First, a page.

Harry Potter church is hit with filmmakers

WITH its bold and haunting spire and forbidding architecture it is little wonder that this Hampstead Garden Suburb church was chosen as a setting for the latest Harry Potter film.

Saint Jude-on-the-Hill has been conspicuous by its appearance in the trailer for the first part of Harry Potter and the Deathly Hallows, the latest instalment in the long-running big-screen child wizard saga, which is currently in cinemas.

But this is not the first time the ‘Hollywood church’ has made it to the screen.

In recent years the Edwin Lutyens-designed building has served as the setting for numerous BBC dramas and historical documentaries, and even on one notable occasion for a French mineral water advert.

The Reverend Alan Walker said: “Because St Jude’s is such an extraordinary building, it creates that aura of mystery that is needed for something like Harry Potter.”


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Rev Walker has not yet seen the full film, although in the weeks leading up to its release he placed a link to the trailer on the church website and saw web-traffic soar to around 1,200 visits per week.

The strangest thing about all the requests to film the church is that directors never want to depict it for what it is – a Church of England Anglican parish church.

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Rev Walker said: “We were once used as a Russian Orthodox church that had been closed by the Communists for a BBC piece about the Russian Revolution. We had Rasputin and the Red Guards running around.

“There was another BBC drama a couple of years ago with Christopher Ecclestone where we were supposed to be a Roman Catholic church. It can look that way if you point the cameras in the right direction. I think it’s a positive thing. It causes a lot of interest in the church.”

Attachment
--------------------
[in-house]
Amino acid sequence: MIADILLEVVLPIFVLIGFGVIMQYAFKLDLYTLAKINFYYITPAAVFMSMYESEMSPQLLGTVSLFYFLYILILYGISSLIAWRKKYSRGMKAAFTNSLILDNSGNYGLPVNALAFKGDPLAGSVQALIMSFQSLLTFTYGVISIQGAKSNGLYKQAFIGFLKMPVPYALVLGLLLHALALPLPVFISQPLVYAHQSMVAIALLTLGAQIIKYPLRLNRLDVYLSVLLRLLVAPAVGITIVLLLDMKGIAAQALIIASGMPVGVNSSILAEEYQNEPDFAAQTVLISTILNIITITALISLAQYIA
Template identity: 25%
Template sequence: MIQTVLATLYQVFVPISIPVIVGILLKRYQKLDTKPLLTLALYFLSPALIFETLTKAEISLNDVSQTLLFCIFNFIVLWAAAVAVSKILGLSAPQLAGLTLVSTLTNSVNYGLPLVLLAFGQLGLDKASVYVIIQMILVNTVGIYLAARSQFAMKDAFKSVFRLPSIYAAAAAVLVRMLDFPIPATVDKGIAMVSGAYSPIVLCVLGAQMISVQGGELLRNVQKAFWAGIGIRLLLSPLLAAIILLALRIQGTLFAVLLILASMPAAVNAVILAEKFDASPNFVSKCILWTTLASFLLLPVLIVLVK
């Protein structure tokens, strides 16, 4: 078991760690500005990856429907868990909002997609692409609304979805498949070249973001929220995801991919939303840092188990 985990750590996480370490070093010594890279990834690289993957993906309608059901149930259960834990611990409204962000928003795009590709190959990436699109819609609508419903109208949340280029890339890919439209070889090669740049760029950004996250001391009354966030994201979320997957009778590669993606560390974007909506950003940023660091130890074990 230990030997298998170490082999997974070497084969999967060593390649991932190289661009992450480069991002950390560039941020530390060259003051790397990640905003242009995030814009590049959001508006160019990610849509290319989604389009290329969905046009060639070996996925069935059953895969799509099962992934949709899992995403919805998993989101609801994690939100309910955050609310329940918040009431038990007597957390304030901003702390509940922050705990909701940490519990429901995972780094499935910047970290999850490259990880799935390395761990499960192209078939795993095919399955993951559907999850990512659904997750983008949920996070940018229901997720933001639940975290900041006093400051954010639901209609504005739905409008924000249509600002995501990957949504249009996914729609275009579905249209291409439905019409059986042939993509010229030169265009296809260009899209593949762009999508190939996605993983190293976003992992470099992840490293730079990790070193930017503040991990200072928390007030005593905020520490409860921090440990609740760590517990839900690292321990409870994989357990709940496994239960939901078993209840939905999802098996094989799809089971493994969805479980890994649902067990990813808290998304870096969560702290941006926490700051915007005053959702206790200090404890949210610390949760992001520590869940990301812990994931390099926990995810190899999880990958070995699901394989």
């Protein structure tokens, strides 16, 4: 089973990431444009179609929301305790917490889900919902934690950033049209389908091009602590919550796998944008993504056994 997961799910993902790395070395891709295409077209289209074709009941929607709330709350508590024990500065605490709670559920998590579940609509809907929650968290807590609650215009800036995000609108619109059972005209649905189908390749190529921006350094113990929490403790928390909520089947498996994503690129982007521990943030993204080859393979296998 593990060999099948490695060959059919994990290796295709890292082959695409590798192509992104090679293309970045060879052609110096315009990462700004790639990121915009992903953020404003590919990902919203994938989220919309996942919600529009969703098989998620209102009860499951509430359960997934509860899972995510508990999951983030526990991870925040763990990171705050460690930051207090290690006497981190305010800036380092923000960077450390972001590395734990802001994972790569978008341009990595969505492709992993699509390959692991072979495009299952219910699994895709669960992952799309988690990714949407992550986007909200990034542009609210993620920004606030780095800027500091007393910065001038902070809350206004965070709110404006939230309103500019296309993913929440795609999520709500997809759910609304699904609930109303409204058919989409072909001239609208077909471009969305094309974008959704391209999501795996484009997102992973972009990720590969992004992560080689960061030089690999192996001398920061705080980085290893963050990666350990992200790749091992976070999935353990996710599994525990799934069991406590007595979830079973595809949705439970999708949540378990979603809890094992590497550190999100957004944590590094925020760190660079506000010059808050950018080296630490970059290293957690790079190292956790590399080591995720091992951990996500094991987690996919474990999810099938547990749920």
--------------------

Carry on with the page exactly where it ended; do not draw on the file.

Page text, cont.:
The Gallic ad director, who settled on St Jude’s as the location to film his bottled water commercial, made his choice because he was not able to find a sufficiently ‘French-looking’ church in his own country, according to Rev Walker.

“We have never been used to portray what we are – a Church of England parish church,” he said.

“We are chosen because we resemble something that we are not. It’s an unusual building. It doesn’t look like a normal parish church. Inside it is full of paintings, which is very unusual for an Anglican church. There’s a contrast between the outside and the inside of the church.

“On the outside it’s quite spiky and challenging, but on the inside it’s curved, colourful and Byzantine. It’s a monumental building – designed to be looked at from a distance.”

The vicar and his congregation have had relatively little in the way of dealings with famous directors and actors on set – once the film crews are up and filming they tend to leave them to it. Once it did cause a bit of a stir when an old fire engine was wheeled out to create a rain effect for a scene in Harry Potter.

The Suburb was designed to centre on St Jude’s – in imitation of a town from the Middle Ages where none of the surrounding buildings compete with the church for size.

Building on Saint Jude’s began in 1909, but the west end was not completed until 1935.

The church was consecrated on May 7, 1911. It is 200 feet long and the spire is 178 feet tall.

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